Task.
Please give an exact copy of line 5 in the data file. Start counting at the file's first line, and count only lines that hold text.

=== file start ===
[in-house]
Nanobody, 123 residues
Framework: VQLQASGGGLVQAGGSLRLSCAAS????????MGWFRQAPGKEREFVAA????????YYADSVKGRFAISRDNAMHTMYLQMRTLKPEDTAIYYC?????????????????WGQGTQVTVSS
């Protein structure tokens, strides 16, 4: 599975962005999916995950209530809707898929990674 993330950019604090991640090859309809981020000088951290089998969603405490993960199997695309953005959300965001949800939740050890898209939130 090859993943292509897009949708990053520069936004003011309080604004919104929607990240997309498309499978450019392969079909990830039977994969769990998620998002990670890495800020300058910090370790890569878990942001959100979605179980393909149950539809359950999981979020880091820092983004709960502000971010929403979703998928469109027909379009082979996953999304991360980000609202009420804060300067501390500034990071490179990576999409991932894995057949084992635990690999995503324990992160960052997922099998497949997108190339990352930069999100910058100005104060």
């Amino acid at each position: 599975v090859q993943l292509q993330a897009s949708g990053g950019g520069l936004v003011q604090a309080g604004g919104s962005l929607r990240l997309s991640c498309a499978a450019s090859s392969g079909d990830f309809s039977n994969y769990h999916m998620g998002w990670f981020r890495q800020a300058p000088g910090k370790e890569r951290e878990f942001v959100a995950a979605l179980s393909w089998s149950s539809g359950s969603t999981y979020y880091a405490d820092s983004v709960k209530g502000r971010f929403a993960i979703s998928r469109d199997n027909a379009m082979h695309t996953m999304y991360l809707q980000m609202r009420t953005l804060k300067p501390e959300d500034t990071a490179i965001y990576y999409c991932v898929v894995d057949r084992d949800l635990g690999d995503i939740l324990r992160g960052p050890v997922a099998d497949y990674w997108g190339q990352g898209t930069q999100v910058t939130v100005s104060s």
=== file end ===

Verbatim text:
């Amino acid at each position: 599975v090859q993943l292509q993330a897009s949708g990053g950019g520069l936004v003011q604090a309080g604004g919104s962005l929607r990240l997309s991640c498309a499978a450019s090859s392969g079909d990830f309809s039977n994969y769990h999916m998620g998002w990670f981020r890495q800020a300058p000088g910090k370790e890569r951290e878990f942001v959100a995950a979605l179980s393909w089998s149950s539809g359950s969603t999981y979020y880091a405490d820092s983004v709960k209530g502000r971010f929403a993960i979703s998928r469109d199997n027909a379009m082979h695309t996953m999304y991360l809707q980000m609202r009420t953005l804060k300067p501390e959300d500034t990071a490179i965001y990576y999409c991932v898929v894995d057949r084992d949800l635990g690999d995503i939740l324990r992160g960052p050890v997922a099998d497949y990674w997108g190339q990352g898209t930069q999100v910058t939130v100005s104060s």